At the beginning of her Kindergarten year, the Edwards’ daughter still identified as a boy. She still wore the boys’ uniform and identified with male pronouns. But they already knew she was gender non-conforming from the many girly things she liked. Plus, Hannah told ThinkProgress, “She would say things like, ‘In my heart, I’m a girl,’ or ‘In my heart, I think I might be half and half.’”
Their daughter was transitioning, and the kids were making fun of her. So the school decided to take a proactive approach and have the kids read the picture book “My Princess Boy” and have a lesson on why you shouldn’t bully other kids for being different. The school sent an email out to parents describing the upcoming lesson, and that’s when things exploded.
The school encourages a lot of communication with and between parents, and the other parents at the school used this as an opportunity to be unbelievably vicious to the Edwards family, whose daughter, it is worth remembering, is only 5 years old. Parents sent messages, visible to everyone, that said things like we don’t “have to celebrate gender non-conformism” and “we are opting our children out of any teaching that goes against the natural order of gender identity” and “as a woman, I take offense at any boy who is pretending to share my gender when he quite clearly NEVER can nor ever will.”
What is especially interesting about the letters is they almost universally feature self-serving hypocrisy in huge doses. Parents would inevitably claim things like, “We recognize [differences] and respect them” or “I have no ill will to any transgender people” before going straight on to demonstrate thoroughly that they do not actually respect differences and they do have ill will towards trans people.
“But it is foolish to assume that such behavior is normal,” the no-ill-will parents wrote, “and should not raise any eyebrows. For children to find such things either alarming or strange is natural.”
Sorry, but you have to choose. Either you “have no ill will” or you want to raise your eyebrows and tut-tut about how alarming you find difference. But if you do the latter, it demonstrates beyond any doubt that you do, in fact, hold ill will towards trans people.
“Other comments,” Ford writes, “similarly called out the Edwards as bad parents and asserted that their child did not deserve any accommodations or anti-bullying interventions. Similar sentiments were expressed at meetings.”
Things got worse when conservative groups got involved, using the whole controversy as an opportunity to harangue and bully not just the Edwards, but any families in the community that have kids who are LGBT by having protests and meetings, under the guise of “concern” about what is really none of their business.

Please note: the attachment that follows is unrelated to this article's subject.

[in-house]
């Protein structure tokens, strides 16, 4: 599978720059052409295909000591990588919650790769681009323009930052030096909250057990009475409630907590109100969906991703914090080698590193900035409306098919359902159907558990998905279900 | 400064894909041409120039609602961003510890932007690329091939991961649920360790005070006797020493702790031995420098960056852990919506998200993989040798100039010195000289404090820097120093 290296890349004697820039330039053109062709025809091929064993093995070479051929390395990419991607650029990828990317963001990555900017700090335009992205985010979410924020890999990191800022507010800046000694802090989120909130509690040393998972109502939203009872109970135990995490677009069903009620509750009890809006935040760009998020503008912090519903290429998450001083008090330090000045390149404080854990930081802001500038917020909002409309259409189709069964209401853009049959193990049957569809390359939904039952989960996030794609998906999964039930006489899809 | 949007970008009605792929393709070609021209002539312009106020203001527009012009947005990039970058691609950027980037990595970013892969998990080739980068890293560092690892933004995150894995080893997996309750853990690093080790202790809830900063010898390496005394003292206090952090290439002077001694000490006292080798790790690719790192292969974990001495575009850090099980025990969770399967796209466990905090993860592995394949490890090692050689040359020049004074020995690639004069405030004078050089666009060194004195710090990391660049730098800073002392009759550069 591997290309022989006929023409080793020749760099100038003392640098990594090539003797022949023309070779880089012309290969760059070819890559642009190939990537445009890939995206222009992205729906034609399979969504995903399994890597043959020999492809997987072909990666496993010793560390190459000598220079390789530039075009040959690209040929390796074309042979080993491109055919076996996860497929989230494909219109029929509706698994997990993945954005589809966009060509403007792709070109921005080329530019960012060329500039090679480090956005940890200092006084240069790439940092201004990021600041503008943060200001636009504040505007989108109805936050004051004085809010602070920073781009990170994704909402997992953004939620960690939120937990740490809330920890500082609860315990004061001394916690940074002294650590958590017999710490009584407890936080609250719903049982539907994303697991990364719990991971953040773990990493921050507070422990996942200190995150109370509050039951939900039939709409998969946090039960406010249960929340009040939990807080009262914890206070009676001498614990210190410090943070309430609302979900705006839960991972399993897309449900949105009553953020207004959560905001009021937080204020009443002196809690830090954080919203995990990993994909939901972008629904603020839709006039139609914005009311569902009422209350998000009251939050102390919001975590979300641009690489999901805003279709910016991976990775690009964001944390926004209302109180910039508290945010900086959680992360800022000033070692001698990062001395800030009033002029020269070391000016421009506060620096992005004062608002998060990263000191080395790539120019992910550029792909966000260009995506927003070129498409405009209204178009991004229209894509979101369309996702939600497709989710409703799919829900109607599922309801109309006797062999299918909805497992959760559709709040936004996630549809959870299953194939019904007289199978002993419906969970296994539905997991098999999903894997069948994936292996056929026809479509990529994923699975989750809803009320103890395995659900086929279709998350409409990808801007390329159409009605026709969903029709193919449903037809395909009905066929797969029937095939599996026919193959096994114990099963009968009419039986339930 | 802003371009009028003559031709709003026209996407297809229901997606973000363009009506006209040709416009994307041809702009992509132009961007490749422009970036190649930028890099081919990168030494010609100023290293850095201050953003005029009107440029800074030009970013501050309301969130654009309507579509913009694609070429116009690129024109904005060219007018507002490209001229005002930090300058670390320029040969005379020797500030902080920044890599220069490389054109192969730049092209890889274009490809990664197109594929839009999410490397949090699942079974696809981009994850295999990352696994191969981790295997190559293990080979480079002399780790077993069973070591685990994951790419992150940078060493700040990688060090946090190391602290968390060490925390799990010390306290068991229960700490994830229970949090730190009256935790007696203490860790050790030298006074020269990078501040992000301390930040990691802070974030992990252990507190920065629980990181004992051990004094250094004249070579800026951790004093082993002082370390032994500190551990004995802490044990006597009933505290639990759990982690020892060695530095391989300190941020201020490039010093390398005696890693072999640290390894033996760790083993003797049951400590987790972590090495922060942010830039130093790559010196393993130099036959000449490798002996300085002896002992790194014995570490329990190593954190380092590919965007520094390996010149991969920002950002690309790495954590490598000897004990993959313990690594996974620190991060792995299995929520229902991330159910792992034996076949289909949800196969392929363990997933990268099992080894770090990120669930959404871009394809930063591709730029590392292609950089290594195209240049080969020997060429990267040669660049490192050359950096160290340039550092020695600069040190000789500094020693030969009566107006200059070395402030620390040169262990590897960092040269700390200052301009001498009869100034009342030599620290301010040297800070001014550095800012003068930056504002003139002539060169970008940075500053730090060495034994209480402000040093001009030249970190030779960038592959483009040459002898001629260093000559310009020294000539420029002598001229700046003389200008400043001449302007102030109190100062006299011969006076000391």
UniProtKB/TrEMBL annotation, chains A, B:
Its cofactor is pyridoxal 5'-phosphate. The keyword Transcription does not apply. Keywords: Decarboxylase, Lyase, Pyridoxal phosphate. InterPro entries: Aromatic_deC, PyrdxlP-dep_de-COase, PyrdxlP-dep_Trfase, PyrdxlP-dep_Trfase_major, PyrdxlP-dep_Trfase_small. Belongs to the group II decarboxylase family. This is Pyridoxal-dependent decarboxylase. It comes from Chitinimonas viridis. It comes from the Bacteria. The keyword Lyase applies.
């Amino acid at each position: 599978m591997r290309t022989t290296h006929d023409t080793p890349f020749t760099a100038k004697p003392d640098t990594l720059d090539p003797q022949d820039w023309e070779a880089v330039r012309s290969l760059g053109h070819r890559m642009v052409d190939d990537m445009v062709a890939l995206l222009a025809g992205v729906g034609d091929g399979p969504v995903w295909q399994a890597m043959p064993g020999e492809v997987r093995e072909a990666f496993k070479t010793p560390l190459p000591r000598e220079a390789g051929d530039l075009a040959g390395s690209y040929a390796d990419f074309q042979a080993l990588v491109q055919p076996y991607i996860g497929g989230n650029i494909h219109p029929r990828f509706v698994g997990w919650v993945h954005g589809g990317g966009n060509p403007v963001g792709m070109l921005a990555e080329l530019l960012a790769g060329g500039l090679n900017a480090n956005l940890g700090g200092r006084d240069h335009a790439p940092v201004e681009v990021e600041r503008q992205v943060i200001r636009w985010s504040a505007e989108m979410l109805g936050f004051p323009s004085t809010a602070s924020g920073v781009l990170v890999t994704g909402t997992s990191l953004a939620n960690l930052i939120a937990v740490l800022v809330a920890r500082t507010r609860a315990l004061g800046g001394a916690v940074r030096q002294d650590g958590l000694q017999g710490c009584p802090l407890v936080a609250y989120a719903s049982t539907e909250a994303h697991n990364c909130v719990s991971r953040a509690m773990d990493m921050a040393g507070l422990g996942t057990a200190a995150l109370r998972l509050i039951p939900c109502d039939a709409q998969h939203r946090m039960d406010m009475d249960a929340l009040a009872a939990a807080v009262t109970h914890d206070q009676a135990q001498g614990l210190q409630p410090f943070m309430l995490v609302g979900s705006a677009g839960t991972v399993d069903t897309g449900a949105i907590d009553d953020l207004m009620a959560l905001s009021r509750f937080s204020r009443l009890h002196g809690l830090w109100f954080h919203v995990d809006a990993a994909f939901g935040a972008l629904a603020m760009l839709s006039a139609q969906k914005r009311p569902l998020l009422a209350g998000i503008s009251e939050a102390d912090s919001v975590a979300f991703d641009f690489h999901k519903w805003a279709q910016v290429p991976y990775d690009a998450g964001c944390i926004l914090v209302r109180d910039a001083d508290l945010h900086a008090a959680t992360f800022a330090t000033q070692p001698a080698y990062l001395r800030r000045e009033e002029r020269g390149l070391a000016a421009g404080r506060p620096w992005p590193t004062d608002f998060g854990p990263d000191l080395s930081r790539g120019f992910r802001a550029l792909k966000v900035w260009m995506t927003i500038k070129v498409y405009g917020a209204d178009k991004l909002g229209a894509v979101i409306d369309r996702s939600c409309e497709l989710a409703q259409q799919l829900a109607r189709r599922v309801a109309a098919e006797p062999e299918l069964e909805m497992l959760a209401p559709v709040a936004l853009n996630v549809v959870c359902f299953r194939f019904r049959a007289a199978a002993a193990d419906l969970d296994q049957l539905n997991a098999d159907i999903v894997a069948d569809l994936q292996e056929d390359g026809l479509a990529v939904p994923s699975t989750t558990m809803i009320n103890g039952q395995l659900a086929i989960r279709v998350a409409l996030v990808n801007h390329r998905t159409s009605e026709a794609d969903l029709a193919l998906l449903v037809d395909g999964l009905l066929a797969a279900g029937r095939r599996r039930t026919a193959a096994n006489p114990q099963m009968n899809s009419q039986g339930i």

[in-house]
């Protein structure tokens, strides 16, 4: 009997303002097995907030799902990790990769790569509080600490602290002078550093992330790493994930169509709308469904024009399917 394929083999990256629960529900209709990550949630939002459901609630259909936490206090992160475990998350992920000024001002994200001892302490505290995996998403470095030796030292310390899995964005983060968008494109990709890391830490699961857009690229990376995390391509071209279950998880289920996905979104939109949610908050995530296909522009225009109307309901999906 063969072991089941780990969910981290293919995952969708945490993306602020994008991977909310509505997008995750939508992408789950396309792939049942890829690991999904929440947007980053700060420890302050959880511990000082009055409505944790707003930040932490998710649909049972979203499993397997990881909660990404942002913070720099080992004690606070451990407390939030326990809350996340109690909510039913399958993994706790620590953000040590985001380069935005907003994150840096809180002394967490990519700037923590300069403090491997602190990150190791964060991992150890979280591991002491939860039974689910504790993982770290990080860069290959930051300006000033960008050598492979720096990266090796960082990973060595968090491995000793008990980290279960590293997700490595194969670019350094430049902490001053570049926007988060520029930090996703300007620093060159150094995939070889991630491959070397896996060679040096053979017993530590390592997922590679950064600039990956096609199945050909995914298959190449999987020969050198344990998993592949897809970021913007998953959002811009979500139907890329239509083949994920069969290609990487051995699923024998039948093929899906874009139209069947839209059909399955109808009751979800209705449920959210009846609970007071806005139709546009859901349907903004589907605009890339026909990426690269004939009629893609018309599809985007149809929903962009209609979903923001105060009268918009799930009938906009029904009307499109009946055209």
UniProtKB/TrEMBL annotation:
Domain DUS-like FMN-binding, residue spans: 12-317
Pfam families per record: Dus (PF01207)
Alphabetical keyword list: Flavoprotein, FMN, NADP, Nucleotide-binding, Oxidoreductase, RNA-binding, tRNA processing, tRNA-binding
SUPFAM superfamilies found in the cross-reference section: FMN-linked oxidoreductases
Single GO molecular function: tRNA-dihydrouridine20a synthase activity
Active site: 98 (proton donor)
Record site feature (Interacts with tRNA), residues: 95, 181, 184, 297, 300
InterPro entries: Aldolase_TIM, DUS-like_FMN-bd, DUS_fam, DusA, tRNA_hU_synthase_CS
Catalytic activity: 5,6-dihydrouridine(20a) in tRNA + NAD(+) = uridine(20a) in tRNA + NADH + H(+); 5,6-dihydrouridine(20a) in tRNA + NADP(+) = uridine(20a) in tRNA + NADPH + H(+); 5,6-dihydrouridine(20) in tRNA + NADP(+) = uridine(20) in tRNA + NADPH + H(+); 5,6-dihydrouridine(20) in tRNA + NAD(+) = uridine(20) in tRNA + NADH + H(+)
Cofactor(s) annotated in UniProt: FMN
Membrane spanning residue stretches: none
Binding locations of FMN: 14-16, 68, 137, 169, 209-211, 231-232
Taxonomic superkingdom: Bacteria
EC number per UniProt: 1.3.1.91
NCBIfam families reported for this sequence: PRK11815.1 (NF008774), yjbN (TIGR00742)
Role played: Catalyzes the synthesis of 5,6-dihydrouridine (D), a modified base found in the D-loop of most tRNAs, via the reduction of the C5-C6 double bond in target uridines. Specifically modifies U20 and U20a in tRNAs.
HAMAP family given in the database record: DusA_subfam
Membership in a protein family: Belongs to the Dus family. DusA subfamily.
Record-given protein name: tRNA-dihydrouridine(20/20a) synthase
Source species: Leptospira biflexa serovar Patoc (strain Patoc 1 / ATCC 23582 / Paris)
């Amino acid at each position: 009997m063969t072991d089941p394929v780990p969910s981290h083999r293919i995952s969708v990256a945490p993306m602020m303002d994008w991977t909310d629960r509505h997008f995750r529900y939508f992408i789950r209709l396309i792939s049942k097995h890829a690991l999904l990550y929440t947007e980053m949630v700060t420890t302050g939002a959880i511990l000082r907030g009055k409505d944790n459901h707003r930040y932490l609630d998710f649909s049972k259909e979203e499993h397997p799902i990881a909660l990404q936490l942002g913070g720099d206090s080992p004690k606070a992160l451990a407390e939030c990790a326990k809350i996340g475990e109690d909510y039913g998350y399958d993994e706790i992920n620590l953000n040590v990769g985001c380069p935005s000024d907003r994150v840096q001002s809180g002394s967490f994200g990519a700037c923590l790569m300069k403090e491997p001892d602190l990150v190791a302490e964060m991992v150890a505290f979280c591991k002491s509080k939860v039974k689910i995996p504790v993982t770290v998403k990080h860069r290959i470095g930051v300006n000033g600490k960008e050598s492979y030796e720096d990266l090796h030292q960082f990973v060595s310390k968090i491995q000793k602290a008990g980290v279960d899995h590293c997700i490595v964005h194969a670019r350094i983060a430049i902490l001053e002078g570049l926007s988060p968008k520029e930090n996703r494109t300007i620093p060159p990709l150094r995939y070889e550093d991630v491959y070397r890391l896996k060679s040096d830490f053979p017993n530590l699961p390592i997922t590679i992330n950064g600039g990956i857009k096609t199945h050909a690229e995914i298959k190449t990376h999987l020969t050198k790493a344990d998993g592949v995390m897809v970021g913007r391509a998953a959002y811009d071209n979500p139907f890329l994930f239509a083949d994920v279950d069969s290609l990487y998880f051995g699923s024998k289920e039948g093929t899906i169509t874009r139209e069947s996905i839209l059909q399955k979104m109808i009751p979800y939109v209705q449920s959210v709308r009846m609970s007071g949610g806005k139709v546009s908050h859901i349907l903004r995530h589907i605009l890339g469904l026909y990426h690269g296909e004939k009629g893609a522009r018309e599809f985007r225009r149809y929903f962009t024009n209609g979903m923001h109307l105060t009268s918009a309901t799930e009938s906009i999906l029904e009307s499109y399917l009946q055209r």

Conservatives pushing this anti-trans hysteria sweeping the country always posture about how it’s not about bigotry, but about safety, claiming they just want to keep men from putting dresses and sneaking into the women’s room under the guise of being trans. The right loves their fig leaves, but this particular one is so silly that it’s self-evident that it’s just a cover story for the real urge, which is gender policing.
But this St. Paul situation makes it clear that the anti-trans freak-out is not about safety, but about bullying and harassing people for not fitting into the narrowly defined gender roles that conservatives prefer.
Dave and Hannah Edwards are not telling other people how to raise their kids. They aren’t asking the school to tell other kids they are gay or trans. (That doesn’t happen and is just another right wing myth.) They are simply asking that their daughter be left alone, and that the school take measures to prevent bullying. The storybook at the center of this controversy is simply a lesson in understanding that differences exist and learning to respect them. That should be a non-controversial lesson, unless you want to raise a kid that is a small-minded bully.
Which, to be fair, appears to be what some parents want. But schools need to be able to keep the peace, and so have a right to put a premium on minding your own business and letting other people be different without bullying them over it. Teach your kids whatever foul ideas you want at home, but schools should have a right to tell kids that when they’re at school, they have to be nice to people, even if they are different.
Anti-trans bigotry is ugly and that should be reason enough to stand up against it. But this story also shows why it has ramifications beyond just making life harder for trans people and their families. The parents and conservative groups involved are using anti-trans hysteria to forward an even broader agenda of gender conformity, arguing that their discomfort gives them a right to tell others how to dress, what name to use, how to behave, and even what kind of medical care to get. If they’ll do it to trans people, don’t think they won’t do it to anyone who violates their tender ideas about how you should behave because of your gender, whether it’s a woman who doesn’t wear makeup or a man who prefers ballet to football. And they are so devoted to this gender policing, they’re willing to abuse a 5-year-old to carve out this privilege to control the lives and bodies of other people.